Love and death, light and darkness, the life circle, the path of every human being. Bill Viola keeps on exploring the great topics of existence with his controlled not narrative strongly symbolic style.
Waiting for presenting his project Ocean Without a Shore at Venice Biennial , his latest work once more based on the close relation between opposite concepts, the artist showed three videos linked to The Tristan Project at James Cohan’ s Gallery in New York , a work meant to accompany the production of Wagner’s opera Tristan Und Isolde directed by Esa-Pekka Salonen , presented at Lincoln Center in May, after its debut in Los Angeles and Paris in the past years.
An ambitious project, which includes some of the favourite subjects of the artist. The show was the chance to enjoy a little selection of them, as BIll Viola himself explained at the opening performance: ” For Tristan Und Isolde’s project I made a 4 hour and a half video meant to be projected during Wagner’s opera. I took some of those images and some others I shot but which hadn’t been included in the project and transpose them to separate works with no music. Three of them will be presented here “.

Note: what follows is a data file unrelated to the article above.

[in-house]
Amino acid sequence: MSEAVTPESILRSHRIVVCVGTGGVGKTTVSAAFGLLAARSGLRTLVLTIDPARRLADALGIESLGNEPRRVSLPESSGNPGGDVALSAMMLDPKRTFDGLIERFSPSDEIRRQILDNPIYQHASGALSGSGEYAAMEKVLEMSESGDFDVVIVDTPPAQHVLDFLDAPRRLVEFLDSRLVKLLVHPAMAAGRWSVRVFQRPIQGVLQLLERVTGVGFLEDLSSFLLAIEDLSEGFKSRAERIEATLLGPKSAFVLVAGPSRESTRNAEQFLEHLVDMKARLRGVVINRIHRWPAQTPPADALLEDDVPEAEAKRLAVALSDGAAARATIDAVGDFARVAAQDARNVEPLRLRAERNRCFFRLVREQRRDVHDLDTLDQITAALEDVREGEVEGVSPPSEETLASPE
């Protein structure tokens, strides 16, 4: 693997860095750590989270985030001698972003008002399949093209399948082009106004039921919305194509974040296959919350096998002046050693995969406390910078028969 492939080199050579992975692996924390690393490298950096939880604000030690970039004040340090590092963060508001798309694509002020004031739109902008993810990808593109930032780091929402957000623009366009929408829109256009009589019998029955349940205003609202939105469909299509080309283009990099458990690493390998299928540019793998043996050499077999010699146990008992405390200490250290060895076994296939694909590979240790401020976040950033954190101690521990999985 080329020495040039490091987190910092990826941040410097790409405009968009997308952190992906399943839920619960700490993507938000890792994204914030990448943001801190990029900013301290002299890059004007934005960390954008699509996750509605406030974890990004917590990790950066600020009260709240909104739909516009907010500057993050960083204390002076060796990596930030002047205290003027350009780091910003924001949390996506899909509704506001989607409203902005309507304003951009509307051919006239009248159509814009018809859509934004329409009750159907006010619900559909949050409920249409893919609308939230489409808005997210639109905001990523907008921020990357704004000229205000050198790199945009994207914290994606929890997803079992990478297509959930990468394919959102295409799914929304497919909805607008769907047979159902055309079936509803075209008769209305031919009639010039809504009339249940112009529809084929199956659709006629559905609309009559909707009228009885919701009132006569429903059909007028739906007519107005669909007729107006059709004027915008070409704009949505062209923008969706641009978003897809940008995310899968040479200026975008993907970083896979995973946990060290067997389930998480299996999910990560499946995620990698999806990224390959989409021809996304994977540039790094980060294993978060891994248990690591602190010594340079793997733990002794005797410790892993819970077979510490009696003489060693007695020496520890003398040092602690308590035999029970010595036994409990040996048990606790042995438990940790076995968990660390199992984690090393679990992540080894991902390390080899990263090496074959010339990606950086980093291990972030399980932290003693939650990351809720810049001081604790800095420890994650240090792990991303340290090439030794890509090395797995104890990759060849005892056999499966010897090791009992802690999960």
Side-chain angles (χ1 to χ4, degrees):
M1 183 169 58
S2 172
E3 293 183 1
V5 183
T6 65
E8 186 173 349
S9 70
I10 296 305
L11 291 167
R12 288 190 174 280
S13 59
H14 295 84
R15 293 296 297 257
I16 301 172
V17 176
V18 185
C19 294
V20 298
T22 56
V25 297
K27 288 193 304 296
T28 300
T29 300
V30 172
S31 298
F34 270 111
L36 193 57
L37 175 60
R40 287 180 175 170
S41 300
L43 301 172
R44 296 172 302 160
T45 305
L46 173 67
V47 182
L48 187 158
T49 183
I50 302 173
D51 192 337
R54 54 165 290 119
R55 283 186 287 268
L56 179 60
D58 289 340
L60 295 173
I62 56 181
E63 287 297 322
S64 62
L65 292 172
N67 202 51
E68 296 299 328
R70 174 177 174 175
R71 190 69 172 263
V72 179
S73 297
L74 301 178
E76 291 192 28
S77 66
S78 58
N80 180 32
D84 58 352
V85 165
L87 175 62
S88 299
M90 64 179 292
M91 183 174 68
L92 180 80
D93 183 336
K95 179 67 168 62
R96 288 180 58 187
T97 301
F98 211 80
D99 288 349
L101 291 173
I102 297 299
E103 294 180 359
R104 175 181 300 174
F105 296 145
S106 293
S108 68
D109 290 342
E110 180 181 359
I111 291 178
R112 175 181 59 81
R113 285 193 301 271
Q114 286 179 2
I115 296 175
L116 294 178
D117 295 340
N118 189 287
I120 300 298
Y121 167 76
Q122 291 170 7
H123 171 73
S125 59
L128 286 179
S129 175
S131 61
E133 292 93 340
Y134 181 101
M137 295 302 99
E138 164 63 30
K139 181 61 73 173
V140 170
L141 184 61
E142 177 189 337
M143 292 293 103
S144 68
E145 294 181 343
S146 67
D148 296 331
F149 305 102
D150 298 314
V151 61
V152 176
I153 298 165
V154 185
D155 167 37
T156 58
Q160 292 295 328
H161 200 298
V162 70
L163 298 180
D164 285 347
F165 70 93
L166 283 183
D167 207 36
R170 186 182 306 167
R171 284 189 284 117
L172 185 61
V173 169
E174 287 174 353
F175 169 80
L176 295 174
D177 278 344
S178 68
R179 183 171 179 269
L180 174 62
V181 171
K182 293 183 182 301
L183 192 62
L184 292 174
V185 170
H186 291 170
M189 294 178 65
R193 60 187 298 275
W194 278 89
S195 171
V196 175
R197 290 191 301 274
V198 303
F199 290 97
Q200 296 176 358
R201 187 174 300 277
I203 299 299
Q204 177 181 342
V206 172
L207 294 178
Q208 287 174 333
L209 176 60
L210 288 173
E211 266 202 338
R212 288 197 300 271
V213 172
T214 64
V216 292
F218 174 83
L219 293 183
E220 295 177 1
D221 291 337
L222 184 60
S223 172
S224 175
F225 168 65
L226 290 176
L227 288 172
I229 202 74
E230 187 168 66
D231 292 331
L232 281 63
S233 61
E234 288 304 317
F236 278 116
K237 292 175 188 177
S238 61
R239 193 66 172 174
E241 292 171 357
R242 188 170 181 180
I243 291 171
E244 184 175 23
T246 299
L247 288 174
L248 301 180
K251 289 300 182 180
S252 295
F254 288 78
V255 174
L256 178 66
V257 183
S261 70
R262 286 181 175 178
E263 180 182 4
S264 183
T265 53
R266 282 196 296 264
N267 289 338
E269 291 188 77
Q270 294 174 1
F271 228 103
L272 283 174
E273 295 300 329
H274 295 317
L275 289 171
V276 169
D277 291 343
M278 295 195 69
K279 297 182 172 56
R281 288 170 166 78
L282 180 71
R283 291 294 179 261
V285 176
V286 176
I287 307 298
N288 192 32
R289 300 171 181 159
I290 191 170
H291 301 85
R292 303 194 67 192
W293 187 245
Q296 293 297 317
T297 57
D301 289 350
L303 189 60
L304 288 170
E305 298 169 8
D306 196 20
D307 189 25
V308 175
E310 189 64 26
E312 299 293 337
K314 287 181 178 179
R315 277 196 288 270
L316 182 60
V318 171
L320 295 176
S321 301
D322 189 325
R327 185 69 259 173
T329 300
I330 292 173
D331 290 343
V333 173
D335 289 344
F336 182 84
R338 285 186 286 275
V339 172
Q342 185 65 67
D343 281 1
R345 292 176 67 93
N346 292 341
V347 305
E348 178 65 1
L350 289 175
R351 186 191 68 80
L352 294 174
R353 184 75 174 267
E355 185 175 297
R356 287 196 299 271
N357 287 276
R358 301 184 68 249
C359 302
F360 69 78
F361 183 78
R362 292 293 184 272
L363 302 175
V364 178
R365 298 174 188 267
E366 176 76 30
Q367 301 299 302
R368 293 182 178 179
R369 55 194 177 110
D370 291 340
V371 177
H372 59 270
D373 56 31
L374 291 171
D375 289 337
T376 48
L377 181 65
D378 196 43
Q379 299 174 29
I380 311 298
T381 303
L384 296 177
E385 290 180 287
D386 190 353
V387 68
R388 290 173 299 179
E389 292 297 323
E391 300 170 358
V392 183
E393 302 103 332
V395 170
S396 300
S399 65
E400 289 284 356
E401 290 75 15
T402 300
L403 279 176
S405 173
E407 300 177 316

In the videos in question, The Fall Into Paradise , Isolde’s Ascension (the Shape of Light after Death) e Passage Into Night , the themes are typical of the production of the artist, who has always been attracted by the great mystic-philosophical traditions such as zen and sufism and by medieval and renaissance icongraphy, which he transposes in modern terms. The eternal balance between life/love and death is the thematic heart of these works. While in the first two the crucial element is the water (symbol of death and of purification and rebirth at the same time) characterized by semi-darkness, in the third video a shape moves in the bright light of the desert, wrapped by a heat burst, like in a purifying initiation crossing, once more ambivalent in its final destination.
Sometimes accused of superficiality and dullness, Bill Viola steadfastly built a figurative universe where the East and the West blend, together with great thought currents and the present and the past imagery . The wide development of images leads the audience to focus not only on the end point, but mostly on the action itself, on the course that leads to the final revelation.
The beginning and the end of every thing are inseparable, one extreme end implies the other, in art as in life, as the artist said to us: ” Love and death are two sides of the same thing.When my son was born, he came out of my wife’s womb and I took him up in my arms and realized I was taking up death and love at the same time. I was watching that little chest pulsing- newly-born human beings have 160 heart beats per minute, more or less those of a hummingbird- I saw his mouth looking for air to breathe, and I realized he could have stopped breathing in any time… that’s when I understood life and death are absolutely bound “.